As the nights grow longer and the howling winds rattle the windows, thoughts naturally turn to eerie happenings and things that go bump in the night.
A colorful character from Cream City’s past still leaves people curious about the validity of his otherworldly abilities. Arthur Price Roberts (1867-1940), was known as a trance medium, clairvoyant and, to his delight, a “psychic detective.”
Both celebrated and notorious, he worked on a number of prominent cases which made him, for a time, one of the most famous psychics in the United States.
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The Celebrated Psychic
He made headlines throughout this career by making predictions, locating lost people, recovering missing goods, and aiding police with difficult cases. In July 1905, Wisconsin man Duncan McGregory went missing.
His wife asked Roberts for aid, and the clairvoyant conjured an image of the man, lying face down in the Menomonee River with his body caught on a log. When McGregory’s wife went to the part of the river Roberts described, she discovered her husband’s lifeless body, snagged on a log, just as Roberts had envisioned. Roberts was also called upon by authorities in Fond du Lac to help them learn more about a murder case that had gone cold.
After the mystic reviewed a series of mug shots, he selected one from the pile and assured the police that in his hand was the photo of the murderer, and that the man could be found in British Columbia. The wary officers followed up on this prophecy and to the shock of the lawmen, the suspect was found working in the province, just as Roberts had predicted.
Roberts rose to local fame in 1935 when he made a prediction that captured the attention of all of Milwaukee. The psychic detective created a sensation when he foretold the city would experience a series of bombings.
The vision he shared with the city was:
“Going to be lots of bombings-dynamitings! I see two banks blown up and perhaps the city hall. Going to blow up police stations. Then there’s going to be a big blow up south of the Menomonee River, and it’ll all be over.”
To the shock of many, eight days later, a bomb destroyed the Shorewood Village Hall, killing two people. From there, each of the foretold bombings occurred, just as Roberts predicted they would. The final bombing, which happened on Nov. 4, was an explosion so powerful that it was heard for an 8-mile radius and was the end of the series of bombings that terrorized Milwaukee in the fall of 1935.
It was later discovered that the bombers, Hugh Frank “Idzy” Rutkowski and Paul Chovaonee, ended their run by accidentally detonating a bomb, killing themselves and obliterating their garage hideout, located south of the Menomonee River, which had also been envisioned by the psychic.
While some hailed him as a true psychic, others branded him a charlatan. The city fined Roberts for fortune-telling in 1899. Appalled by the accusation that he was a fortune teller, he protested that he was a true seer and fought the fine in court.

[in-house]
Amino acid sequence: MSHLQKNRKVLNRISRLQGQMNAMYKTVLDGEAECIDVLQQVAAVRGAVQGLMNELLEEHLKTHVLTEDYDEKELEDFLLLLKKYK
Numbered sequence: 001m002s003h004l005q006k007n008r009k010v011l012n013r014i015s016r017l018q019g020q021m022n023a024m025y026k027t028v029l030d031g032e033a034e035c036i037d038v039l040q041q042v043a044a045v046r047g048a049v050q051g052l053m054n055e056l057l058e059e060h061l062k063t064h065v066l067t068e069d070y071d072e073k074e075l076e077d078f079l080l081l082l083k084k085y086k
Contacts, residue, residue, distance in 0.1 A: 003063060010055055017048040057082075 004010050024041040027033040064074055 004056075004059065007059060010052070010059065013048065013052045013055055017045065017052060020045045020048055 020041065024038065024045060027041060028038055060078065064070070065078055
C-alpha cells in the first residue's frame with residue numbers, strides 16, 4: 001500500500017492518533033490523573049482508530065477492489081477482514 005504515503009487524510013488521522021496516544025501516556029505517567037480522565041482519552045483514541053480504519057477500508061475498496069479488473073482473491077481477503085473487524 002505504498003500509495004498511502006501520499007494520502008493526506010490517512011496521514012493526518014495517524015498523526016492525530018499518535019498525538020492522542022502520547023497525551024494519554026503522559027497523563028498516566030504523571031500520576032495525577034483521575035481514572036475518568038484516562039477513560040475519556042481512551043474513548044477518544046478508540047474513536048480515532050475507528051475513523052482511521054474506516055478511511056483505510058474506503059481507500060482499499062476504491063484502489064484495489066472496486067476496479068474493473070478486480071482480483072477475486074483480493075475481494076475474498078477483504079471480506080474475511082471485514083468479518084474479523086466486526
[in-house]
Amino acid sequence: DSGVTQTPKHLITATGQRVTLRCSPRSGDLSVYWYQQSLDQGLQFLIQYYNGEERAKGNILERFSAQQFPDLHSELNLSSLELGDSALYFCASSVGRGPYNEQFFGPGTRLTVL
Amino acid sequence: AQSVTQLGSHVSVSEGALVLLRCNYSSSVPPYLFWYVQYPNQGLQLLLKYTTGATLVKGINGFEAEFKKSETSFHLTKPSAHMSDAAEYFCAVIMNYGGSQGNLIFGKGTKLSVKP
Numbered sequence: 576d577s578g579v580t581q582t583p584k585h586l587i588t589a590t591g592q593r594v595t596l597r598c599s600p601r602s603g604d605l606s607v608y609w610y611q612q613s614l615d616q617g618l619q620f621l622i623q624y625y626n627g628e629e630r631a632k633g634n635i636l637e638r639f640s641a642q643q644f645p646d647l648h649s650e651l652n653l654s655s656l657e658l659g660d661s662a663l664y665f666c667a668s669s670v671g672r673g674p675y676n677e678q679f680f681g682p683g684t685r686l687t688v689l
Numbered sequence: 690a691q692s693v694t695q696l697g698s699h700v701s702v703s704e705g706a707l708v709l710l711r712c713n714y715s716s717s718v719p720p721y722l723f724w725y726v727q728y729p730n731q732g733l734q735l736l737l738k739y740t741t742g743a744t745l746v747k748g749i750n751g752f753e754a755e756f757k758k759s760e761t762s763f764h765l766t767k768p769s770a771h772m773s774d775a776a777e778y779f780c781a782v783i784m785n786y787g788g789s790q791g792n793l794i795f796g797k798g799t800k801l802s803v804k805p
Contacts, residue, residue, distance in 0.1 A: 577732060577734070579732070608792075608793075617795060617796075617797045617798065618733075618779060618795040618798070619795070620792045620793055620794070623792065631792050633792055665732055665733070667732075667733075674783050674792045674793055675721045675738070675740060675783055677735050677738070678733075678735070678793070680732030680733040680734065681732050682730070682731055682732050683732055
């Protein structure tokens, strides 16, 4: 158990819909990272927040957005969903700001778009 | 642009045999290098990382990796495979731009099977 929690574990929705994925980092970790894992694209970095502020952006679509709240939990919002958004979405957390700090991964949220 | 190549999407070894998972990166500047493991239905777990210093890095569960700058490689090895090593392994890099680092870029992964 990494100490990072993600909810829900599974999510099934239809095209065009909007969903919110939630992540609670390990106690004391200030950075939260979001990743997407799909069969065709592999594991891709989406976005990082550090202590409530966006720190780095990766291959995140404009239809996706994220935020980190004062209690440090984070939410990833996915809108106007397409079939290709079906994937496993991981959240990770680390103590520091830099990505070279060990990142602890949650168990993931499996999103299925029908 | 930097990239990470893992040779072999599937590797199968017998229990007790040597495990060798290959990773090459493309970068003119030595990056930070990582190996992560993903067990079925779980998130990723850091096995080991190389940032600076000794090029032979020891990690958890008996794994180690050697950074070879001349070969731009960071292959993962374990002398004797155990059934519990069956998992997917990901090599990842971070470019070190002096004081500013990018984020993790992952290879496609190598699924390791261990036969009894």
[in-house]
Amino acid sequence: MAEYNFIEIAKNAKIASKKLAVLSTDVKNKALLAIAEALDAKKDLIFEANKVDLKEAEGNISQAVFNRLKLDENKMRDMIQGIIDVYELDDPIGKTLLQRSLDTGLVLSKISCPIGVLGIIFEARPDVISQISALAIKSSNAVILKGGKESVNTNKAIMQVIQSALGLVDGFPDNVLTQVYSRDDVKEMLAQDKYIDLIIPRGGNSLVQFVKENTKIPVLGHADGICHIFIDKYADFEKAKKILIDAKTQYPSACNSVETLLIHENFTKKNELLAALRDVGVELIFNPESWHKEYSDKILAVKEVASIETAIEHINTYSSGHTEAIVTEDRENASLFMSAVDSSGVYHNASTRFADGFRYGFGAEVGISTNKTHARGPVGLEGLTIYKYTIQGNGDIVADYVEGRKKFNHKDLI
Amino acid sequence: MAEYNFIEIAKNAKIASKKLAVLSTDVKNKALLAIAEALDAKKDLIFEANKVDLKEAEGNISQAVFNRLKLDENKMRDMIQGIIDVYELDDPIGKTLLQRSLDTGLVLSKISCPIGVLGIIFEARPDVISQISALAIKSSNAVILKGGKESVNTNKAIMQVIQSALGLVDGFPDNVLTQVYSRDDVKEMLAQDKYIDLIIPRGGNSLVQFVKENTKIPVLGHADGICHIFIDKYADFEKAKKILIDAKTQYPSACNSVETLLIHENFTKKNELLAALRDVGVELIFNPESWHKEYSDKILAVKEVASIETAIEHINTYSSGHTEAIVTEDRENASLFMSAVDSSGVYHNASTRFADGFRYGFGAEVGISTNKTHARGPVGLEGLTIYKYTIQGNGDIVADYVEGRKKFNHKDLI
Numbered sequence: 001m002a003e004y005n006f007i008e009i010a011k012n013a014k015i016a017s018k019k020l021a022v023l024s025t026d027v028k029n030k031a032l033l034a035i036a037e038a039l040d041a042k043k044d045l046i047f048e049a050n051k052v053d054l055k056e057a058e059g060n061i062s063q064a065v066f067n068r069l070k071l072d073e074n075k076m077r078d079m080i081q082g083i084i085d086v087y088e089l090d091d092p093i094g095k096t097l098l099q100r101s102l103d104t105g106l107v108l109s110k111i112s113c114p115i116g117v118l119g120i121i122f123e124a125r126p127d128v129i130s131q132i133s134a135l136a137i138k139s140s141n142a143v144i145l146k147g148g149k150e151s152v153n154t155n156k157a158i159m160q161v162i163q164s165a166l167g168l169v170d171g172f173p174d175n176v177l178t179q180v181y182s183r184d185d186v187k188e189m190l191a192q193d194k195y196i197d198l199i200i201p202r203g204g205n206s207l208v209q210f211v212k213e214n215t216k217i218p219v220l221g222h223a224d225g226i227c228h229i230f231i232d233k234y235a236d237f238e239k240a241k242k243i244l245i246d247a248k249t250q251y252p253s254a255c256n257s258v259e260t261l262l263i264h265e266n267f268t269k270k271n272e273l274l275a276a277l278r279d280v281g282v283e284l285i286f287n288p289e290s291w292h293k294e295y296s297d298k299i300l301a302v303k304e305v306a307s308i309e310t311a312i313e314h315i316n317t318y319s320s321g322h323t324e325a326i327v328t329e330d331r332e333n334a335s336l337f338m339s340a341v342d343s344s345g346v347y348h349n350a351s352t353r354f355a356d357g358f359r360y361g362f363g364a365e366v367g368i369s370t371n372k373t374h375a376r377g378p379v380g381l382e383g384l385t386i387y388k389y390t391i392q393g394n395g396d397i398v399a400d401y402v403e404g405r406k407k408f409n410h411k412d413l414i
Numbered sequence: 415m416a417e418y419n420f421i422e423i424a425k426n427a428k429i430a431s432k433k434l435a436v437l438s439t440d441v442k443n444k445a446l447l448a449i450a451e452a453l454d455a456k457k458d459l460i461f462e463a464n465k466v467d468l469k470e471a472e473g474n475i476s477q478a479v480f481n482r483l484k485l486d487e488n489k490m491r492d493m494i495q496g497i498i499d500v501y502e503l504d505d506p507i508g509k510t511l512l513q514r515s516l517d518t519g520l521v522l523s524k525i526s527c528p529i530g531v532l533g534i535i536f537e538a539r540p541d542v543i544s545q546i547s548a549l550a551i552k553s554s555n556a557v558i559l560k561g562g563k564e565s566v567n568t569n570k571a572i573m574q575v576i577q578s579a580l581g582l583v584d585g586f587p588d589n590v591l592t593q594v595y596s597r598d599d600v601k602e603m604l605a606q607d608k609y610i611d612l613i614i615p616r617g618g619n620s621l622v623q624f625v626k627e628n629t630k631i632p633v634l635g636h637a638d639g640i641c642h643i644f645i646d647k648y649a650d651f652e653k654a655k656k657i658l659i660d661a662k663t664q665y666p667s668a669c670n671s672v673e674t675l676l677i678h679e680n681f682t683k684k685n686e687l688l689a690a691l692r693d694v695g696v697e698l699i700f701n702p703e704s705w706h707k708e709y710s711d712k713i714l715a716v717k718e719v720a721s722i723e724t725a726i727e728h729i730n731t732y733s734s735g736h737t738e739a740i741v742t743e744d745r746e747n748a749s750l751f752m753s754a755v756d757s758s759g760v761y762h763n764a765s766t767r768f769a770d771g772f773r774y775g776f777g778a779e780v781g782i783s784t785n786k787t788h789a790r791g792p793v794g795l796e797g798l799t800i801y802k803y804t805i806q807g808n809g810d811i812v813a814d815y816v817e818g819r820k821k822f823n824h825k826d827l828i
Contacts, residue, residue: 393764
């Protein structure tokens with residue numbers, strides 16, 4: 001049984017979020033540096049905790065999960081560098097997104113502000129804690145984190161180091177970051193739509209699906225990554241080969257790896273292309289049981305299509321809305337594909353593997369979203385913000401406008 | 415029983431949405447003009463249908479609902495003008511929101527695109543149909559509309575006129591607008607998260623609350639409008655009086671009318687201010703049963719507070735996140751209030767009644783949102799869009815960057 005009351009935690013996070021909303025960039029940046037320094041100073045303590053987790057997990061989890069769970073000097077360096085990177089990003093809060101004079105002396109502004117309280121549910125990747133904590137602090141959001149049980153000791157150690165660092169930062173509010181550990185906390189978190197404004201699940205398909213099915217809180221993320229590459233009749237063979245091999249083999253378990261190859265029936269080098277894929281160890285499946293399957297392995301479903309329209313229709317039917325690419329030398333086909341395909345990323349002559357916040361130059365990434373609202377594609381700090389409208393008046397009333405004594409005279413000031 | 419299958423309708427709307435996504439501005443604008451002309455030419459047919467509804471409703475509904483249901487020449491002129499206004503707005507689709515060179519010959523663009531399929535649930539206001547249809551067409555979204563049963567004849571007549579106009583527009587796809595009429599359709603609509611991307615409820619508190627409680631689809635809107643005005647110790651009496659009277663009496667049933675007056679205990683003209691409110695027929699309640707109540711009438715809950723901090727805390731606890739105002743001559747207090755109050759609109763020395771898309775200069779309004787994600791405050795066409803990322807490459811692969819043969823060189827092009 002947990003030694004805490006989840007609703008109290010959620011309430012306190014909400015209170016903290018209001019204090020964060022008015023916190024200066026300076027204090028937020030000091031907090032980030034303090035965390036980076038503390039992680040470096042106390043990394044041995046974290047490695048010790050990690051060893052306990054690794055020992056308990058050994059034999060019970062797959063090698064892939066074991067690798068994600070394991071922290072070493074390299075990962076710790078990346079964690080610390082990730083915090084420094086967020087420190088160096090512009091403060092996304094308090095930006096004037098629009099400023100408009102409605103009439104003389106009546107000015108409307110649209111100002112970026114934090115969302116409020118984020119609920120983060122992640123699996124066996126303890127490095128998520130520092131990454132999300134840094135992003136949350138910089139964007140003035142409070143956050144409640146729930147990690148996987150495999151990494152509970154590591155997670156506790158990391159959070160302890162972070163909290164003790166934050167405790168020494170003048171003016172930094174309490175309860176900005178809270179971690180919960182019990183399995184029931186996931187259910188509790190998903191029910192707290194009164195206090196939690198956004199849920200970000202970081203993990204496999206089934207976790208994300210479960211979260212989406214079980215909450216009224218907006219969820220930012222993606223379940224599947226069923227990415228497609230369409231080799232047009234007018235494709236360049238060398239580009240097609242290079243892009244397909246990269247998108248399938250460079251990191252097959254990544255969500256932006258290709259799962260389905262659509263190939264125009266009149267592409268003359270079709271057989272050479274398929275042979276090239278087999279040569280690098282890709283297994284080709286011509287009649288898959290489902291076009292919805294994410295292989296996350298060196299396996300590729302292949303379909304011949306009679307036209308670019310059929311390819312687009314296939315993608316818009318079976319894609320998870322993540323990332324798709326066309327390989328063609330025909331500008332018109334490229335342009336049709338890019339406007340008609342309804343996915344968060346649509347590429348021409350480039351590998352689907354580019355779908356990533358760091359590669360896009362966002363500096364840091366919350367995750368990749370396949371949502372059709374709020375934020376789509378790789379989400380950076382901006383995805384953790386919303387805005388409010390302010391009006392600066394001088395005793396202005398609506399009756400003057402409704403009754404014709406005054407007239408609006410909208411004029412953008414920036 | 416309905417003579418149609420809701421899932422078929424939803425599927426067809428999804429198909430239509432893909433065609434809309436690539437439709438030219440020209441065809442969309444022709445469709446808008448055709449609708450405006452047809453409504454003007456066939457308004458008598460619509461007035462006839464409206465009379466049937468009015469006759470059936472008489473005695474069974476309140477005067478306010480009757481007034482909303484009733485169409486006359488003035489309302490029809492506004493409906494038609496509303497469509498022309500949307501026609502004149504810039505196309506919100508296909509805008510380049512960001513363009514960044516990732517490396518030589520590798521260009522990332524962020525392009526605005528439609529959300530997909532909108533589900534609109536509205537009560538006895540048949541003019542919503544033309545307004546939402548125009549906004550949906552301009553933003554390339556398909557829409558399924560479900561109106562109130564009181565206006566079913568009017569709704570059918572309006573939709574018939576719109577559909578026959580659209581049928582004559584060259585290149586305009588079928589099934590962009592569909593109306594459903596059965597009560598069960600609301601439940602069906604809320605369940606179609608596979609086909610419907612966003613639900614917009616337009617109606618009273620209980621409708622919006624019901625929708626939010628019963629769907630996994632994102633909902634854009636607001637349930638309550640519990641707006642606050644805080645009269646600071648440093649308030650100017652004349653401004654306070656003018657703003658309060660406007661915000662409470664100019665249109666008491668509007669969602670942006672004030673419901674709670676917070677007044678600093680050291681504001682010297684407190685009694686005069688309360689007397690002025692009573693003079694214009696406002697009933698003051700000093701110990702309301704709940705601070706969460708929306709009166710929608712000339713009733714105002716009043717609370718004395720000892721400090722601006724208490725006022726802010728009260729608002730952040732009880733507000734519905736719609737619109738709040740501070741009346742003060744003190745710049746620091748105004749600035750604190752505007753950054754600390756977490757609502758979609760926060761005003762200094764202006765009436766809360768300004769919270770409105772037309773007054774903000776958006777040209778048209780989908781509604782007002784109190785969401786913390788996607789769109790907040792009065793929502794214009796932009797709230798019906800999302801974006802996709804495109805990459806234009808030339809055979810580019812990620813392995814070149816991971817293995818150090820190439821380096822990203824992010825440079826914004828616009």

The resulting trial was entertaining, but did nothing to prove his case, resulting in a deadlocked jury. The authorities were not done with Roberts after the trial. He was nabbed again after a visit from two undercover policewomen who came to his home seeking his psychic services. He told both women he had important information about their husbands which he would only share after he was paid.
The women paid the fee and at the end of the reading they revealed their true identities: they were both widowed undercover policewomen.
After his arrest, Roberts claimed he knew all along the women were police officers and sneered at the force for using women to bait him, as he claimed to be an expert in women.
While Roberts may have been convinced of his prowess with the fairer sex, his history of lawsuits suggest otherwise. In 1926 he was sued by Jessie Smith for breach of promise to marry her. The woman, asking for $25,000, stated he proposed to her on Sept. 25, 1924.
After the engagement she quit her job to become his wife, but the marriage did not take place. She claimed he left her unable to find employment, destitute and heartbroken. While the jilted fiancee did not receive the desired settlement, she was not alone in attempting to solve her romantic problems with Roberts in court.
In 1932, Roberts and his wife, 33-year-old Blanche, were in divorce court. The psychic claimed he was battered by his estranged wife, showing the court a photograph with his eyes blackened and stating she crawled through his kitchen window to deliver the beating, then stabbing him with an ice pick. Blanche did not speak in her defense during the trial, only stating that she believed her husband was 72 years old. With wounded pride, Roberts countered his young wife, claiming to be just 65 years old. In the end, the divorce was granted and Blanche was awarded alimony.
In 1934 Roberts had legal problems with yet another woman in his life when he declared bankruptcy, noting, among other debts, thousands of dollars of back pay he owed to his longtime housekeeper.
Despite his brushes with the law and his bumpy track record with women, in some circles Roberts was renowned for his sixth sense and is cited by some as evidence that psychic abilities are real. In the scope of his career, it is likely Roberts’ final prediction was his most important.
While at a dinner party in November of 1939, he regretfully told his fellow attendees he would be unable to make their next event, because he would die on Jan. 2, 1940. True to his word, the 73-year-old mystic died on the predicted date, as the result of natural causes. The legendary seer was laid to rest in the Wanderers Rest Cemetery, now known as Lincoln Memorial Cemetery.